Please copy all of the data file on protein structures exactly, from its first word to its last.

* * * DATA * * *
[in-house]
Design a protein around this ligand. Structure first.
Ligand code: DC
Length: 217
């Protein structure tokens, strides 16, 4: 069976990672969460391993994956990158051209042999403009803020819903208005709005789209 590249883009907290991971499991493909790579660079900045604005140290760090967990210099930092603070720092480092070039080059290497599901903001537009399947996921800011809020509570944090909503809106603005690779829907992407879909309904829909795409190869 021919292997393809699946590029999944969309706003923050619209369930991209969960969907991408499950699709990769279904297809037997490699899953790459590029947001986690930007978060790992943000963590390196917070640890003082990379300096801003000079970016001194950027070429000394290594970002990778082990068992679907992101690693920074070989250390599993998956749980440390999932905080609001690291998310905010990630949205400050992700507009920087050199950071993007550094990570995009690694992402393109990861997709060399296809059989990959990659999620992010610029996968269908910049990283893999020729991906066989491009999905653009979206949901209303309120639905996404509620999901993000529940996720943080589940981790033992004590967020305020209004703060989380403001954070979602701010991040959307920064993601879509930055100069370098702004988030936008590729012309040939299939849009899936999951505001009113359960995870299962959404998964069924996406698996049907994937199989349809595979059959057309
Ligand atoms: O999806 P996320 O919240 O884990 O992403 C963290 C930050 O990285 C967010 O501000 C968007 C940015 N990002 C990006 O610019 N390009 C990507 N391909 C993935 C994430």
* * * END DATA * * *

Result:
[in-house]
Design a protein around this ligand. Structure first.
Ligand code: DC
Length: 217
């Protein structure tokens, strides 16, 4: 069976990672969460391993994956990158051209042999403009803020819903208005709005789209 590249883009907290991971499991493909790579660079900045604005140290760090967990210099930092603070720092480092070039080059290497599901903001537009399947996921800011809020509570944090909503809106603005690779829907992407879909309904829909795409190869 021919292997393809699946590029999944969309706003923050619209369930991209969960969907991408499950699709990769279904297809037997490699899953790459590029947001986690930007978060790992943000963590390196917070640890003082990379300096801003000079970016001194950027070429000394290594970002990778082990068992679907992101690693920074070989250390599993998956749980440390999932905080609001690291998310905010990630949205400050992700507009920087050199950071993007550094990570995009690694992402393109990861997709060399296809059989990959990659999620992010610029996968269908910049990283893999020729991906066989491009999905653009979206949901209303309120639905996404509620999901993000529940996720943080589940981790033992004590967020305020209004703060989380403001954070979602701010991040959307920064993601879509930055100069370098702004988030936008590729012309040939299939849009899936999951505001009113359960995870299962959404998964069924996406698996049907994937199989349809595979059959057309
Ligand atoms: O999806 P996320 O919240 O884990 O992403 C963290 C930050 O990285 C967010 O501000 C968007 C940015 N990002 C990006 O610019 N390009 C990507 N391909 C993935 C994430």